Third party funding gains traction in construction

Third party funding for arbitration is gaining traction as margins continue to decrease in the construction sector

Suzannah Newboult is a construction specialist at DLP Piper LLP.
Suzannah Newboult is a construction specialist at DLP Piper LLP.

Third party funding for arbitration is gaining traction as margins continue to decrease in the construction sector.

It is not unusual for the cost of arbitration to be anywhere between $1.5m and $10m, and often at the higher end for complex, document heavy construction cases. With ever tightening margins in the industry it is not surprising then that the use of third party funding in arbitration has been growing over the last few years.

Third party funding, in the context of arbitration, involves a commercial funder agreeing to pay some or all of a claimant’s legal fees and expenses, in return for reimbursement of the funder’s direct outlays and a share of any sum recovered from the resolution of the claim.

The funder is willing to pay for your arbitration in exchange for a sizable return on his investment.

Typically, a third party funder will seek a 15% to 50% share of the sum recovered through the arbitration process (the median share is around a third). How much the funder demands in return will depend on the costs and risks involved in funding the dispute. This ‘fee’ may also increase over time to reflect additional costs and risks materialising.

If the claim fails, the funder receives nothing and typically, remains liable for any fees due to the claimant’s lawyer and other disbursements paid, together with any adverse costs that it has agreed to pay (if not insured against) which are incurred during the term of the funding agreement. The stakes are high.

The funder’s decision to fund a claim is a pure investment decision.

The funder will assess the factors that represent the financial risks it would assume, such as:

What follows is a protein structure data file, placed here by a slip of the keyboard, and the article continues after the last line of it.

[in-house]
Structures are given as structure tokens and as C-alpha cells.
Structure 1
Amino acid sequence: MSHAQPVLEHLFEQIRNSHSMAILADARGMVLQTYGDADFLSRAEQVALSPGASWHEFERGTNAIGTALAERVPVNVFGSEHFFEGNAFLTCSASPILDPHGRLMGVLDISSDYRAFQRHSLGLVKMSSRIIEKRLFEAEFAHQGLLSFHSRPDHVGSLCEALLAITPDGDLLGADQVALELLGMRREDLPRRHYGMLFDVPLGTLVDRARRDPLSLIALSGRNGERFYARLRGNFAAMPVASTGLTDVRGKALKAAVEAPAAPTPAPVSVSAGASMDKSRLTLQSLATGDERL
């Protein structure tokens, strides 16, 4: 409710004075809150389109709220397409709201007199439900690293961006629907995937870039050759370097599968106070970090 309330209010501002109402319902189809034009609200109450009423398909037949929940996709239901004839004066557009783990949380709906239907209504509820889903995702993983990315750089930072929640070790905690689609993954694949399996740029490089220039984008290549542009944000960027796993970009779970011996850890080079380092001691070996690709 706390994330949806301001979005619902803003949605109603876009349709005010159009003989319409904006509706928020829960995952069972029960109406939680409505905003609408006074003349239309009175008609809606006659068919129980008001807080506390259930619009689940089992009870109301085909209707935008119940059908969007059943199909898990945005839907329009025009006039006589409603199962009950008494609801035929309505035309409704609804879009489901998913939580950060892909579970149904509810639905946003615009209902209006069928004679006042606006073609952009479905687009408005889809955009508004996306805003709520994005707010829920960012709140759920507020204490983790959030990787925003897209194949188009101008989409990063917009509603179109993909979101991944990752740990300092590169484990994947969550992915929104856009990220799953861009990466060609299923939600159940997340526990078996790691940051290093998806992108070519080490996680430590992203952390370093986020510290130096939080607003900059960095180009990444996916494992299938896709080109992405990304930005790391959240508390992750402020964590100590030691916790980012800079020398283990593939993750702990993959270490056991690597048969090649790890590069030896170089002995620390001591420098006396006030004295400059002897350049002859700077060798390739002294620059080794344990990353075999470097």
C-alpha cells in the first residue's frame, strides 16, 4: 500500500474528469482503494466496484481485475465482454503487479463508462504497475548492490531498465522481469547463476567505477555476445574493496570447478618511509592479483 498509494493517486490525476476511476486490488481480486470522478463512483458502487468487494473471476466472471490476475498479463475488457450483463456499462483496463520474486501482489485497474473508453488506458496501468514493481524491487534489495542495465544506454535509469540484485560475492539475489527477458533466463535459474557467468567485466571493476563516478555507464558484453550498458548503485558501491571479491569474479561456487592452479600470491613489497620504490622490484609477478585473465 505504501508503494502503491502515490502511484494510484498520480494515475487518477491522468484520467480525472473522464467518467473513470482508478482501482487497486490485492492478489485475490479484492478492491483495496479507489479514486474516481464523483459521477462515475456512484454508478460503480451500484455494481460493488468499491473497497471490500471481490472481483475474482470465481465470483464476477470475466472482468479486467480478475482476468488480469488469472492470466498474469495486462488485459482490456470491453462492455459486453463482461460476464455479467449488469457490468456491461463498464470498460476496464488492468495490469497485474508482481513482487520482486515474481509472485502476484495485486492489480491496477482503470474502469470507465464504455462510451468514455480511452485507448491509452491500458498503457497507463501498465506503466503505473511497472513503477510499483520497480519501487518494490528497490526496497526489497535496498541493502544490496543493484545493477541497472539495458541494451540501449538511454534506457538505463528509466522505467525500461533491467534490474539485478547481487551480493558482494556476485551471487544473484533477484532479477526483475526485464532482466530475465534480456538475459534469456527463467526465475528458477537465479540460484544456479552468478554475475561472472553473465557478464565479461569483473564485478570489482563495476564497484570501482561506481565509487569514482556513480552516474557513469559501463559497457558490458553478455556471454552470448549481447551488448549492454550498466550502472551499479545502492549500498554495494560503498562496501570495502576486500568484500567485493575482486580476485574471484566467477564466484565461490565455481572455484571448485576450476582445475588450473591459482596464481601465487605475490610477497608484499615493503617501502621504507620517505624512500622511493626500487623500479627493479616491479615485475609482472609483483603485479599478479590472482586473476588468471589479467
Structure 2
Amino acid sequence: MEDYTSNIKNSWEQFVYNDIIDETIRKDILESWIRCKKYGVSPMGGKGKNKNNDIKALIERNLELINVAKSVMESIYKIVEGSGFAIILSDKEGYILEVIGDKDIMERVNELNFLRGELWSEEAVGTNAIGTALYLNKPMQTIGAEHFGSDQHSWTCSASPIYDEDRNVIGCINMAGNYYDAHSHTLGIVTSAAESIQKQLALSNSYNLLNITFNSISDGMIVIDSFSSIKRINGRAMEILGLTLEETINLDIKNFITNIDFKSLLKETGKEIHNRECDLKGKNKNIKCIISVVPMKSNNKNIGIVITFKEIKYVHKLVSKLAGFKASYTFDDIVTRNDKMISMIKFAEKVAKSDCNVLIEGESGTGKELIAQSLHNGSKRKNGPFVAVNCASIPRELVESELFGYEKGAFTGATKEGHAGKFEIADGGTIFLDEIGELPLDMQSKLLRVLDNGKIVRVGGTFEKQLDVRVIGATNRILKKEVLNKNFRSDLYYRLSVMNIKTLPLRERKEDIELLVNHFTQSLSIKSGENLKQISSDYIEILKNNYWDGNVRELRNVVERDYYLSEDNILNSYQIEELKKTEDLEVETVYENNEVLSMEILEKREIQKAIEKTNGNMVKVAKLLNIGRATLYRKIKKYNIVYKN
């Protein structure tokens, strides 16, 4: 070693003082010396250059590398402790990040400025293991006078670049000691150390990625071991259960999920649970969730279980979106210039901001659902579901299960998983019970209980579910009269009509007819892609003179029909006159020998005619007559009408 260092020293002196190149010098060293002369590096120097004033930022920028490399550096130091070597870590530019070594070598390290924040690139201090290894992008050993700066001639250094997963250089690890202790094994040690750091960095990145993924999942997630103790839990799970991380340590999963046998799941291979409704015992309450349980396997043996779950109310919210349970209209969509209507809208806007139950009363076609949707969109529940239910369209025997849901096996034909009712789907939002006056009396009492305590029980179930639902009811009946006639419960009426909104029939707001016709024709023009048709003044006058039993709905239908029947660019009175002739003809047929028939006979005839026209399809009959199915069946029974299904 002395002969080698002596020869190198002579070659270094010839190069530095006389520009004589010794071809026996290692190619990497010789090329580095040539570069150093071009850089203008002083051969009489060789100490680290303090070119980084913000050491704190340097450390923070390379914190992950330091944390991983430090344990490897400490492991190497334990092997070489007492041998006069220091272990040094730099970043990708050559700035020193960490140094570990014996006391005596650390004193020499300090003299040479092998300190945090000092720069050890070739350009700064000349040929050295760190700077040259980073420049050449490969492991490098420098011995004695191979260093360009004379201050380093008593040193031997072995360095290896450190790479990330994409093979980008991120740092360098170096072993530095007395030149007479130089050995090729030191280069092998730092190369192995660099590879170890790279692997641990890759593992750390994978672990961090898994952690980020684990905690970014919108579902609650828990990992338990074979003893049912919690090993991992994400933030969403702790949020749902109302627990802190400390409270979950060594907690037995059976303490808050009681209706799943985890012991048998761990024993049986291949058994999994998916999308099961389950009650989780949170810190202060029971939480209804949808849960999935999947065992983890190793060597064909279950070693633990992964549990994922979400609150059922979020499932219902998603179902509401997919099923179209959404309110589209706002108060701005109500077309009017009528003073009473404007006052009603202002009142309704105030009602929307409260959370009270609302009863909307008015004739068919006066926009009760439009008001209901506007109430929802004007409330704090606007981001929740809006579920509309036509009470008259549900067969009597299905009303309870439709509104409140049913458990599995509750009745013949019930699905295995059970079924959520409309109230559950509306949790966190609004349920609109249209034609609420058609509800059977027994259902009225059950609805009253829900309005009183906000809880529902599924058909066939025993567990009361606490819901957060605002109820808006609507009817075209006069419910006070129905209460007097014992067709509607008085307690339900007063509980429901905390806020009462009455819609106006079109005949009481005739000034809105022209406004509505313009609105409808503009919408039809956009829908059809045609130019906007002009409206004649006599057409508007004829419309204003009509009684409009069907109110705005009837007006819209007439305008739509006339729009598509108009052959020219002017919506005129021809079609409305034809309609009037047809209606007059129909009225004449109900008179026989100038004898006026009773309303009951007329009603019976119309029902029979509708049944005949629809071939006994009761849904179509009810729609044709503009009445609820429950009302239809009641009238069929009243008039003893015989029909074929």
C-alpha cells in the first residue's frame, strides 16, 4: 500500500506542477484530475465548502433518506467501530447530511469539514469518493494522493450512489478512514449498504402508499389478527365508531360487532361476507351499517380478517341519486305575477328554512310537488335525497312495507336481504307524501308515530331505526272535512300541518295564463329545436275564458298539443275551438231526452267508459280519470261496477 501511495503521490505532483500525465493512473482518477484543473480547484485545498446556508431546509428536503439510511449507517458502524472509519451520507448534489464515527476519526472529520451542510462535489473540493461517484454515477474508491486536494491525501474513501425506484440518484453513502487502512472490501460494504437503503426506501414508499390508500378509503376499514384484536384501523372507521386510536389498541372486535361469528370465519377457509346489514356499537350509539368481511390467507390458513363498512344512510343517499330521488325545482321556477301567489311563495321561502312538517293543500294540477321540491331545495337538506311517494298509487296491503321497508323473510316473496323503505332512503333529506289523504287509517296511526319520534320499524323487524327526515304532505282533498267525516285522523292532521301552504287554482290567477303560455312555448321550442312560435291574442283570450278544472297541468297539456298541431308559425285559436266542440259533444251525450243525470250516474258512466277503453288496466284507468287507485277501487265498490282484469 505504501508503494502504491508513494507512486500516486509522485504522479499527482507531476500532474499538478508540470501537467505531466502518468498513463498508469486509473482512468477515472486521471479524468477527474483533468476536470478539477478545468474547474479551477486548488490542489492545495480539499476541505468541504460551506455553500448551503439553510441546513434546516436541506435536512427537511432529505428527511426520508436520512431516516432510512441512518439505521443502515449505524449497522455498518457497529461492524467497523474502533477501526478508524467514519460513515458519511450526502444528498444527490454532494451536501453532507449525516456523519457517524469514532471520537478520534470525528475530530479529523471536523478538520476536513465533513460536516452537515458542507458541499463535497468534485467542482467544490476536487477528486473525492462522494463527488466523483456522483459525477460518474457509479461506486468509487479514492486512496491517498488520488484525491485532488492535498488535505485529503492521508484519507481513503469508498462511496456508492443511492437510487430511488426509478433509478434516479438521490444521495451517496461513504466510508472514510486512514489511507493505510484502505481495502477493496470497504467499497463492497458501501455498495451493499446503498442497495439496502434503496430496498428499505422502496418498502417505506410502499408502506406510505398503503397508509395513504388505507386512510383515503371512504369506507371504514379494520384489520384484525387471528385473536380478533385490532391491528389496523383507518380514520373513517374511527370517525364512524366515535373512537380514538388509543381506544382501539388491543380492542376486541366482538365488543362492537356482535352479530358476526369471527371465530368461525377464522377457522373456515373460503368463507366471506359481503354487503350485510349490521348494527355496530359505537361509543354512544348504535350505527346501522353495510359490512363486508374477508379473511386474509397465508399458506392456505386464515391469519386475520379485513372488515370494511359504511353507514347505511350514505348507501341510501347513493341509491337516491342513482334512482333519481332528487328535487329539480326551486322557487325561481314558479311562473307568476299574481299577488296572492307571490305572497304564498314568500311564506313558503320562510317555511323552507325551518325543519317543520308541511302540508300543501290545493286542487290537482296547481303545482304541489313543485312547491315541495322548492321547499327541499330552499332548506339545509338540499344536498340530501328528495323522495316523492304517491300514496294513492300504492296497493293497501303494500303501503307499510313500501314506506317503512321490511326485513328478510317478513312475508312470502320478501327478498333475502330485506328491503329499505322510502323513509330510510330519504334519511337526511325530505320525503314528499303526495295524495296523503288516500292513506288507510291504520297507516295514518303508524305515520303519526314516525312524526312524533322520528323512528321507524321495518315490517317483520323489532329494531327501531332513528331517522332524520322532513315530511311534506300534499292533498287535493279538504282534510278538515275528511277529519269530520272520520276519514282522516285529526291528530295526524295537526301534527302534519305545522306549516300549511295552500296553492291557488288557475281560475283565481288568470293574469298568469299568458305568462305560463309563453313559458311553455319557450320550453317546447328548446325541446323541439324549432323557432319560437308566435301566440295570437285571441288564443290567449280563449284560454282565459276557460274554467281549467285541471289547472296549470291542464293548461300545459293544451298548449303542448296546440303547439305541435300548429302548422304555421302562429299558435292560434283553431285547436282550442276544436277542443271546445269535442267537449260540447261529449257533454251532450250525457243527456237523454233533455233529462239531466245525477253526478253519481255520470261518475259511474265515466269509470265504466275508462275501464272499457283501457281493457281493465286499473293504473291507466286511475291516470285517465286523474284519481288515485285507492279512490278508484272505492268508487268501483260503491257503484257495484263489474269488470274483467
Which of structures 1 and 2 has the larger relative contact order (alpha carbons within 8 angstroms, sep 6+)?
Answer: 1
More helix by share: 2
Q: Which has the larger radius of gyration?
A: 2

- the prospects of success of the claim;

- the quantum of the claim (in comparison with the likely costs and risks of pursuing the claim);

- the possibility of counterclaims;

- factors relating to the arbitration, including:

- the terms of the arbitration agreement;

- the substantive law of the dispute;

- whether there are any potential jurisdictional issues;

- the seat of the arbitration;

- the capacity of the other side to pay any award; and

- the risks associated with enforcing and obtaining payment under an award.

The process of obtaining third party funding varies, but usually a party’s legal advisors approach the funder. The funder will require detailed information about the claim and will carry out extensive due diligence in relation to the claim or require a preliminary assessment of the claim to propose a funding agreement.

The funder’s involvement in the arbitration varies but many funders are run by highly experienced former dispute lawyers who are focused on the timely, efficient and successful resolution of funded claims for the maximum achievable value. Mirroring your priorities, if you were self-funding.

In the past, third party funding was only taken up by claimants with no money and no other means to bring their claim. In this region that has been problematic because of the costs involved in working with the funder up to the stage of the funding agreement being proposed and also because of the unwillingness to accept the high share demanded by the funder.

Increasingly, arbitration funding is seen as an accepted commercial practice to remove the cost risk of bringing a claim and take the ongoing legal costs off the balance sheet and away from the profit and loss account. Preserving budgets to be used on the core business rather than legacy issues.

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